The history of the farmhouse as we see it today really begins with Jacobus Sleight, the oldest son of Abraham. The proud, stately home that today sits at the juncture of Sleight Plass Road and Overlook Road didn’t take shape until 1798. It is believed that Jacobus, who Americanized his name and became James, was the builder of the original portions of the farmhouse. Born in 1753, James was raised in Ulster and Duchess Counties. He served as a lieutenant of volunteers during the Revolutionary War and eventually attained the rank of captain. It was while he was on active service that he witnessed the burning of Kingston in 1778. Upon his return to Duchess County, he began working as a farmer, helping his father till the land and establish a working farm.

landscaped church view

In 1779, Abraham began his courtship of a young Poughkeepsie City resident, Elsie DeReimer. Elsie was the daughter of Peter and Elsie DeReimer. Peter DeReimer, a well-known New York silversmith, was a descendent of Isaac DeReimer, one of the early mayors of New York. In 1796 Peter purchased the Glebe House in Poughkeepsie, and brought his family to live there. It was the hope of Elsie’s parents, Peter and Elsie, that James would court and marry their older daughter Mary. But, late one night, James brought a ladder to the Glebe House and he and Elsie ran away to be married. He was 46 and she, 22. James brought Elsie to the beautiful stone house built in the traditional Dutch style. The house, build of fieldstone, had twenty inch thick walls, a center hall and three large rooms — a parlor and two bedrooms. The upper floor existed and was probably used to store grain. The door was the traditional divided Dutch door lacked a kitchen and cooking was probably done outside the home. The spring that once provided water for the old homestead of Abraham also provided water for James and Elsie’s new home. James and Elsie raised six children in the farmhouse, developed a successful farm and set in motion a working farm that existed for over two hundred years, run by the same family within the original boundaries of the deed held by Abraham Sleight.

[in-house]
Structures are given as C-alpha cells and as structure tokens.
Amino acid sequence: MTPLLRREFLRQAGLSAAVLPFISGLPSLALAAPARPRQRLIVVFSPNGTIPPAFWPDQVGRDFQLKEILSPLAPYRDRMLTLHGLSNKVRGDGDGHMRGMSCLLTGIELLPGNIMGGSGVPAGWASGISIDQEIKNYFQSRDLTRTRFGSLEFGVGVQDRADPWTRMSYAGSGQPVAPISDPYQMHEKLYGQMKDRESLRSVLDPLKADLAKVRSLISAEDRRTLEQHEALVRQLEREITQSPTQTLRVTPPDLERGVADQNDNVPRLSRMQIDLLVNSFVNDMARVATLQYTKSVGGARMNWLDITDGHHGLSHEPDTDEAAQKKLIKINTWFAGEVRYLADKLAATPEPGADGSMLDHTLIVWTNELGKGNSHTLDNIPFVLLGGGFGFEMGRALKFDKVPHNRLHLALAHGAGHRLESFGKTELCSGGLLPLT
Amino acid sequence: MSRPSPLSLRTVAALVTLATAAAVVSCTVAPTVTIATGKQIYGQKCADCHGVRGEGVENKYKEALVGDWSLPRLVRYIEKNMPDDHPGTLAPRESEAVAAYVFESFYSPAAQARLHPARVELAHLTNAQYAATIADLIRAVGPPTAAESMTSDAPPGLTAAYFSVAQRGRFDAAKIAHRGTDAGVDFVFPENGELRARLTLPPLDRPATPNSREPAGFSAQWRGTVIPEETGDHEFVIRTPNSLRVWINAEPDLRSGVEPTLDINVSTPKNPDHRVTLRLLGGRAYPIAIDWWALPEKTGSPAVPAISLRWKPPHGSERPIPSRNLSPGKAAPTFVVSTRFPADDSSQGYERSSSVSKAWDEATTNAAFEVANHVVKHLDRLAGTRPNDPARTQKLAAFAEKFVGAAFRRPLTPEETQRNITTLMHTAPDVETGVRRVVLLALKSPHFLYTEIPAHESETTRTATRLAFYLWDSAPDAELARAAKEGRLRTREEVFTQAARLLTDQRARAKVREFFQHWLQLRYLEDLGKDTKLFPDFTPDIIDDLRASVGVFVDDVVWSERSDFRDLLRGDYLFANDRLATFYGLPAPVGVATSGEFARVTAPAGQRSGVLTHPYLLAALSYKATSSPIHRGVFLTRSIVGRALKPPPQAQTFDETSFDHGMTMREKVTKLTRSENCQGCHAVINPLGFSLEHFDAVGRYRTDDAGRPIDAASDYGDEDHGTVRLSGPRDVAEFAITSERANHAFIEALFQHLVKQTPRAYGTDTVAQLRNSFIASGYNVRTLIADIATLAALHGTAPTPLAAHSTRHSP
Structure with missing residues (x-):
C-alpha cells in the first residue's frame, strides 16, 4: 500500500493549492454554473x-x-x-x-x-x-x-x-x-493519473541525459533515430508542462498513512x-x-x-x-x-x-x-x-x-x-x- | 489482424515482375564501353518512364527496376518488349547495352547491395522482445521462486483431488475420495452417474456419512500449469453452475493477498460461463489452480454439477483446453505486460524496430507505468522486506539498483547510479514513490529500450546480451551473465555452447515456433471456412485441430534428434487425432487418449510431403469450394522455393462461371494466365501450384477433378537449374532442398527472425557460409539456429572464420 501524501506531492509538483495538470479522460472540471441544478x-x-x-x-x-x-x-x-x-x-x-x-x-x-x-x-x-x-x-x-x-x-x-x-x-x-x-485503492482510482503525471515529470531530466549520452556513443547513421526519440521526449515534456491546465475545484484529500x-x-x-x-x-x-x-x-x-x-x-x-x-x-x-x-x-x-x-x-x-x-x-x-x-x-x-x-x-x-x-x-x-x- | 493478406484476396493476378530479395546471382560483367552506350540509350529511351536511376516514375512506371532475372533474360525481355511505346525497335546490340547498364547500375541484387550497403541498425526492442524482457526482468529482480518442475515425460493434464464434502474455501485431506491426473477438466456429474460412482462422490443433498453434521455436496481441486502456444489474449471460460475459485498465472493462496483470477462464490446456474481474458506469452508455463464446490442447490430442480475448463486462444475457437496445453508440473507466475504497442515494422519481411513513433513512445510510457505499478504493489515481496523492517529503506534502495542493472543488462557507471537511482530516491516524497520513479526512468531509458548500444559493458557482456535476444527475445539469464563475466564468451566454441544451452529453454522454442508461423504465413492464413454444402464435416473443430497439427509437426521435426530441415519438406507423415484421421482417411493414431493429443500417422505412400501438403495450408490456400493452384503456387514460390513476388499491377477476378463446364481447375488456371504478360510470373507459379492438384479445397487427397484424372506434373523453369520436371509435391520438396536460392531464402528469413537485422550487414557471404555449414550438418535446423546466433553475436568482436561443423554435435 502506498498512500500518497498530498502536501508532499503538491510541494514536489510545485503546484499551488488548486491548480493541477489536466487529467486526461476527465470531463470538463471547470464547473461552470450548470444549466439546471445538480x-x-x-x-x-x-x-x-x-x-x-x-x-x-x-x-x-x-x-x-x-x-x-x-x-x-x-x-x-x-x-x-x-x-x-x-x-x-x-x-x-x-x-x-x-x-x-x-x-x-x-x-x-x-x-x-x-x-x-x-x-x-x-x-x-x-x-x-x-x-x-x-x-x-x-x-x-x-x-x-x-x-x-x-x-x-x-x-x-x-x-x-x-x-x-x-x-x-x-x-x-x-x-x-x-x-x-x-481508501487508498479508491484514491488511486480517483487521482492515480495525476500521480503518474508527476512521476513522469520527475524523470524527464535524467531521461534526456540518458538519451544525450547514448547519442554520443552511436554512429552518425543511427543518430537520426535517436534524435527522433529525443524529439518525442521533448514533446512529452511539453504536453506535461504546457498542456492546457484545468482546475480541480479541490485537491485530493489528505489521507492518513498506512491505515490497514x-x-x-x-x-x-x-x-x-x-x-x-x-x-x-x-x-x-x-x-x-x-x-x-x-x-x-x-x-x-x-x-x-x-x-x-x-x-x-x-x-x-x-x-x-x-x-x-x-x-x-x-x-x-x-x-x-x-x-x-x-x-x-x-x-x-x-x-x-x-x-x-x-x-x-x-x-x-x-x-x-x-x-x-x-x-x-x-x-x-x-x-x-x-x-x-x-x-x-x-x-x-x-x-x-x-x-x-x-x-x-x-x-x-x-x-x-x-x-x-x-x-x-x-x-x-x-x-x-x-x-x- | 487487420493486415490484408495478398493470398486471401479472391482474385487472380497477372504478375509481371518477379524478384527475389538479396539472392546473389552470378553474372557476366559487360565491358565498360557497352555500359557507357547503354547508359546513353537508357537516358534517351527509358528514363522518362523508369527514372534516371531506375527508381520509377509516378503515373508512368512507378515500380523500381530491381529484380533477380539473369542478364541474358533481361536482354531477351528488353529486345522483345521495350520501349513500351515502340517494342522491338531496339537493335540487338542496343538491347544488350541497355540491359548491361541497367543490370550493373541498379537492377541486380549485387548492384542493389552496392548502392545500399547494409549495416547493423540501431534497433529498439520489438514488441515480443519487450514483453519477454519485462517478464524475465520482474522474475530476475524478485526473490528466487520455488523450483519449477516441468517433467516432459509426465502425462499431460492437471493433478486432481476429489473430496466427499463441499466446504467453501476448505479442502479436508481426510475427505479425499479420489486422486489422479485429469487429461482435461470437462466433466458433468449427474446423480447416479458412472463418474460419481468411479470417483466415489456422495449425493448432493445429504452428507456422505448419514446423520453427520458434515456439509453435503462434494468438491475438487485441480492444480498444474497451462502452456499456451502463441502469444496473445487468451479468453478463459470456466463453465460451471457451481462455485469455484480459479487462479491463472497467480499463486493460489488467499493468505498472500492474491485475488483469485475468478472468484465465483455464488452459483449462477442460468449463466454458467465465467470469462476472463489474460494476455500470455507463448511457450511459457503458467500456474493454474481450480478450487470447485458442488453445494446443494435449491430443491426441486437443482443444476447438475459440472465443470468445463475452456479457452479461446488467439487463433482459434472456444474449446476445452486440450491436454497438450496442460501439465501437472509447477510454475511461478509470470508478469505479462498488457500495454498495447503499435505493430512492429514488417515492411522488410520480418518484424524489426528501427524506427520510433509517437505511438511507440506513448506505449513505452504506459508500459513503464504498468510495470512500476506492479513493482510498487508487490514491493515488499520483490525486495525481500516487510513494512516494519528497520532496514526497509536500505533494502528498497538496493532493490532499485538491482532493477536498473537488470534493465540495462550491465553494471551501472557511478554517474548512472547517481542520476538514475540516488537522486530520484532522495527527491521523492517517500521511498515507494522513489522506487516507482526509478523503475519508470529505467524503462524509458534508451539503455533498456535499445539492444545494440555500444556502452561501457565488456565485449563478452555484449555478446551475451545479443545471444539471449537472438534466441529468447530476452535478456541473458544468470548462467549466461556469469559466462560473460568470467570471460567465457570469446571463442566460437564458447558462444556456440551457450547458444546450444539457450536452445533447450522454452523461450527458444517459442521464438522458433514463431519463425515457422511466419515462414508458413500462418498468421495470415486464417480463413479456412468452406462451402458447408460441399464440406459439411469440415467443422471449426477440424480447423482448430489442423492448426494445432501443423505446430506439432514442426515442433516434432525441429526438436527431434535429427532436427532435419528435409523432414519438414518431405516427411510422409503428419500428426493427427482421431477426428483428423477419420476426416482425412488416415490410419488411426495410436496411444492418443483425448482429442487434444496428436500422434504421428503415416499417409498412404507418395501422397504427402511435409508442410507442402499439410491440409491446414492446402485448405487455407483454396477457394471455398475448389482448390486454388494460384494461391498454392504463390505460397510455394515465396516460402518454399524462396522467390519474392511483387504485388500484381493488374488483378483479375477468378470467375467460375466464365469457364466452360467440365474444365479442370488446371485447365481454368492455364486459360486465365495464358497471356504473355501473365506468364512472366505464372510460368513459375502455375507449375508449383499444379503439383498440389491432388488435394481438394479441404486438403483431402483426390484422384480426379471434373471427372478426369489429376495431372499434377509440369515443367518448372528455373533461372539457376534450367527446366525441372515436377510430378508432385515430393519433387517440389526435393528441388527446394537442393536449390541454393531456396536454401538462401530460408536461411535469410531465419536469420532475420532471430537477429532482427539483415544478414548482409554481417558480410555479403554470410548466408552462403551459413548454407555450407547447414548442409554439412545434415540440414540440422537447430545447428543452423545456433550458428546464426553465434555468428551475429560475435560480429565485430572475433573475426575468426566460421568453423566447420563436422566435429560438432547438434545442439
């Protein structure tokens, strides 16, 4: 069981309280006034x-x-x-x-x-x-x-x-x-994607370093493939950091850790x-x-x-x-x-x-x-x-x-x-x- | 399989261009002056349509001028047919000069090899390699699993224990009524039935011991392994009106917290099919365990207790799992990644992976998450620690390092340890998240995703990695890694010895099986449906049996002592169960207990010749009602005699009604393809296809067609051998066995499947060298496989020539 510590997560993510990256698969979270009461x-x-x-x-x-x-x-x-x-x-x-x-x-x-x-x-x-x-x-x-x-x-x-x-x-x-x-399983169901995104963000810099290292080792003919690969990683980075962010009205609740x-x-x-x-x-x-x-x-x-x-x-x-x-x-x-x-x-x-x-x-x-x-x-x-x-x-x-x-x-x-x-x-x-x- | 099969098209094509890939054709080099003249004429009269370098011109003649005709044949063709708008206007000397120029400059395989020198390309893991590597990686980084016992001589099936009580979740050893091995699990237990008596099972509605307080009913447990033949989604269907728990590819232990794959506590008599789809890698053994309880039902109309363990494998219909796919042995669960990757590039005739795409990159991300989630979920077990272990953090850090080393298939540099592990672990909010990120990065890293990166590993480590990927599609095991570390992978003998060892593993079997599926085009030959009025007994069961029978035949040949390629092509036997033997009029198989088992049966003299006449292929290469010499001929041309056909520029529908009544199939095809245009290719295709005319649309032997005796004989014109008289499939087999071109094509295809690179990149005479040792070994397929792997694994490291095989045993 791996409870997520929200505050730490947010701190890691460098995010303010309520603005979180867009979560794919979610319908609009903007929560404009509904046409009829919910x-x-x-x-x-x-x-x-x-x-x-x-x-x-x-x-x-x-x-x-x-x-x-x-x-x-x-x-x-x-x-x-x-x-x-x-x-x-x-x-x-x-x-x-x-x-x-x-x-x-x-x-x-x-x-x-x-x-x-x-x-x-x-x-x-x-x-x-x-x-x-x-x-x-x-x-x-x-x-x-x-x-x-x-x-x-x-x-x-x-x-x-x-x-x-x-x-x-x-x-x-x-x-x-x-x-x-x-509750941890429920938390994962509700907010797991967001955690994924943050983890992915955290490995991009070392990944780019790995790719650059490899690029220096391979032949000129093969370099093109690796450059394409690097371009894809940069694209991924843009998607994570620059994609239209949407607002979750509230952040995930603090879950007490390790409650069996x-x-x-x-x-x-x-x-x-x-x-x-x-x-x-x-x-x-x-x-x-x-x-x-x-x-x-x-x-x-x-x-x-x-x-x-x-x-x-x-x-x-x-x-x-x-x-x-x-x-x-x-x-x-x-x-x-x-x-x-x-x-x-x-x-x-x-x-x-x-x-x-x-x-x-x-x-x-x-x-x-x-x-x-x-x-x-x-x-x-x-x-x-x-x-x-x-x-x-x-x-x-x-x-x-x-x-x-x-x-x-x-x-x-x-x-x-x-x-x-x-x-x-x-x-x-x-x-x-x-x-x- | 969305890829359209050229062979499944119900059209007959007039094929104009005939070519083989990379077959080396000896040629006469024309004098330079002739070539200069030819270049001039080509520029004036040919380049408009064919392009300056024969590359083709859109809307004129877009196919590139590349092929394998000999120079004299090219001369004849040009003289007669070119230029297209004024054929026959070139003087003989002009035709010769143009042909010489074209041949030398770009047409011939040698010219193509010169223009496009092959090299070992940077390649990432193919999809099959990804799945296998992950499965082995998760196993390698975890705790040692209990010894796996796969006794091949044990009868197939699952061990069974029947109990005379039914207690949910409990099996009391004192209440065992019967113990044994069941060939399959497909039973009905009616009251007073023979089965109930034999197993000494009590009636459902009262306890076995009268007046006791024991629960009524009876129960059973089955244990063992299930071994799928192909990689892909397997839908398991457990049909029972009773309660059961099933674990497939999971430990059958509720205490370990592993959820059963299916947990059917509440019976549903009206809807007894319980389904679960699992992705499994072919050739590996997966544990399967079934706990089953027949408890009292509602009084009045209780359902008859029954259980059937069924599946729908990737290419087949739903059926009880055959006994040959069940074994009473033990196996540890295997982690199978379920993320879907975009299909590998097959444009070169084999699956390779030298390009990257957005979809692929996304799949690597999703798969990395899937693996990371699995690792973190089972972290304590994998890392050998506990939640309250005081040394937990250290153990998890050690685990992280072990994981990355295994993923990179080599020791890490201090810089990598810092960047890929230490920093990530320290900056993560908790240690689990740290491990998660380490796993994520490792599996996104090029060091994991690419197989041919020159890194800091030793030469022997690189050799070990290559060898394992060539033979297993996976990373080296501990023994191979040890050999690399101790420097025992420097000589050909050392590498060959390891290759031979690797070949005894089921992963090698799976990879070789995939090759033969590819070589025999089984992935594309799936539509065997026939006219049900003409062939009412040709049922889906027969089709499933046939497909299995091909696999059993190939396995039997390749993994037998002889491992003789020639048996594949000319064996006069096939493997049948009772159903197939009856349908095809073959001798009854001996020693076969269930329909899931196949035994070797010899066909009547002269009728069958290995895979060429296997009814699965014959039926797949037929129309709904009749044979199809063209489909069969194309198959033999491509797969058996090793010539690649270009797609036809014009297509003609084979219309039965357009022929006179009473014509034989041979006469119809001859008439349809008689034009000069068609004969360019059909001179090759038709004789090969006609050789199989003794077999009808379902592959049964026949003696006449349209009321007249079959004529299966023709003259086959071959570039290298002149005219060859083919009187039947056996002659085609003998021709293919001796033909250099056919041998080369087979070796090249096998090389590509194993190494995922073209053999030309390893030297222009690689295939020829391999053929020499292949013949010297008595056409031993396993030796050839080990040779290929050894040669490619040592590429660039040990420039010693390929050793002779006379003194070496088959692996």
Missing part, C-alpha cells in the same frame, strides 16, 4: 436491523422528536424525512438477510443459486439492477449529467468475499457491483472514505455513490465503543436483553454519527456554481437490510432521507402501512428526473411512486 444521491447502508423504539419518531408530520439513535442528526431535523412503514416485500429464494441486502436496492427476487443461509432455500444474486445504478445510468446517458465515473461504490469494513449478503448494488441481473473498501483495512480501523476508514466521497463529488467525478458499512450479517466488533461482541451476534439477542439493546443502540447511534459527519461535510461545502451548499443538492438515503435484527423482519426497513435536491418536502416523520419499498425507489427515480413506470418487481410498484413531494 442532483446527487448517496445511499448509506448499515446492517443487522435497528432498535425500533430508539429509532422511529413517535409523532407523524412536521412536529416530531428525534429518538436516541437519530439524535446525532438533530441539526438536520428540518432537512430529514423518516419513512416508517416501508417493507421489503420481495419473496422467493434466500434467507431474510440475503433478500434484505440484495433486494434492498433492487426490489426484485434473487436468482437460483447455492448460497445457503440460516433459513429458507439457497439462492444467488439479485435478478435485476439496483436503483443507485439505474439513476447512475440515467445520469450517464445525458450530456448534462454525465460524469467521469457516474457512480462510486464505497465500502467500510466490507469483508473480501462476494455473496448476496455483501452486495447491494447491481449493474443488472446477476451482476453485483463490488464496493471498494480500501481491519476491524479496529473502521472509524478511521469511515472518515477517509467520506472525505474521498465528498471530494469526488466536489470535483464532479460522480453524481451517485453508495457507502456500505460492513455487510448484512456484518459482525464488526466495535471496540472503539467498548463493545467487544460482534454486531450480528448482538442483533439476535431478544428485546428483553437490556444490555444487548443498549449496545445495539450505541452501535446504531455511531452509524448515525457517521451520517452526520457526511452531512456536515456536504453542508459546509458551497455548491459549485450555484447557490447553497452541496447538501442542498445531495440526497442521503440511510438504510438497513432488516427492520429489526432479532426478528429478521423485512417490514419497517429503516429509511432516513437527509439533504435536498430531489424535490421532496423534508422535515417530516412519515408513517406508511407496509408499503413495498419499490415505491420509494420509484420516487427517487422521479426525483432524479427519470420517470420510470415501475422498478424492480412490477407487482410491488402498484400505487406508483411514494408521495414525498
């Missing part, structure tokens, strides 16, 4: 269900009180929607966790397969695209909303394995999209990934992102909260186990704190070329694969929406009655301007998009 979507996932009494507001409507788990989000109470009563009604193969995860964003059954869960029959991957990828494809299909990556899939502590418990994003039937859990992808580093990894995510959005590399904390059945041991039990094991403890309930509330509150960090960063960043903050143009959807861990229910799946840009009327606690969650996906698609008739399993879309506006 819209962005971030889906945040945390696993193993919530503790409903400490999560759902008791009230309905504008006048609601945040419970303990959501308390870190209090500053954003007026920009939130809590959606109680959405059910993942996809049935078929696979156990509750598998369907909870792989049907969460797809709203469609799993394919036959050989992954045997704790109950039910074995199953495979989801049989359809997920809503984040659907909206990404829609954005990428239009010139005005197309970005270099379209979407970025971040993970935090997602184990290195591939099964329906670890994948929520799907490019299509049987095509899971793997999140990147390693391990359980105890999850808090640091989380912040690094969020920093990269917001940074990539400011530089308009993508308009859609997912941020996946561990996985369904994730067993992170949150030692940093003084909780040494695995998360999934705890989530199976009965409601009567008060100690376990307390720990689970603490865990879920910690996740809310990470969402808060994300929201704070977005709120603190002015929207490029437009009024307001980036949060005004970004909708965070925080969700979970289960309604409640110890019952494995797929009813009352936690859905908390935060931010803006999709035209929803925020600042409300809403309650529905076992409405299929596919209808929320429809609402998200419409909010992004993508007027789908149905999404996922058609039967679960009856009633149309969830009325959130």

Of the six children raised in the beautiful Dutch farmhouse, Peter Roosavelt Sleight inherited the farm of his father and grandfather. It was Peter, born in 1804, who renovated the house almost forty years later. Peter married Sarah Kees Barnes in 1827 and, just two years later, she died, most probably during childbirth. The young widower and his infant so were alone for three years before Peter married Sara’s sister, Catherine, in 1832. From that union came three children, Sarah, David and Alexander.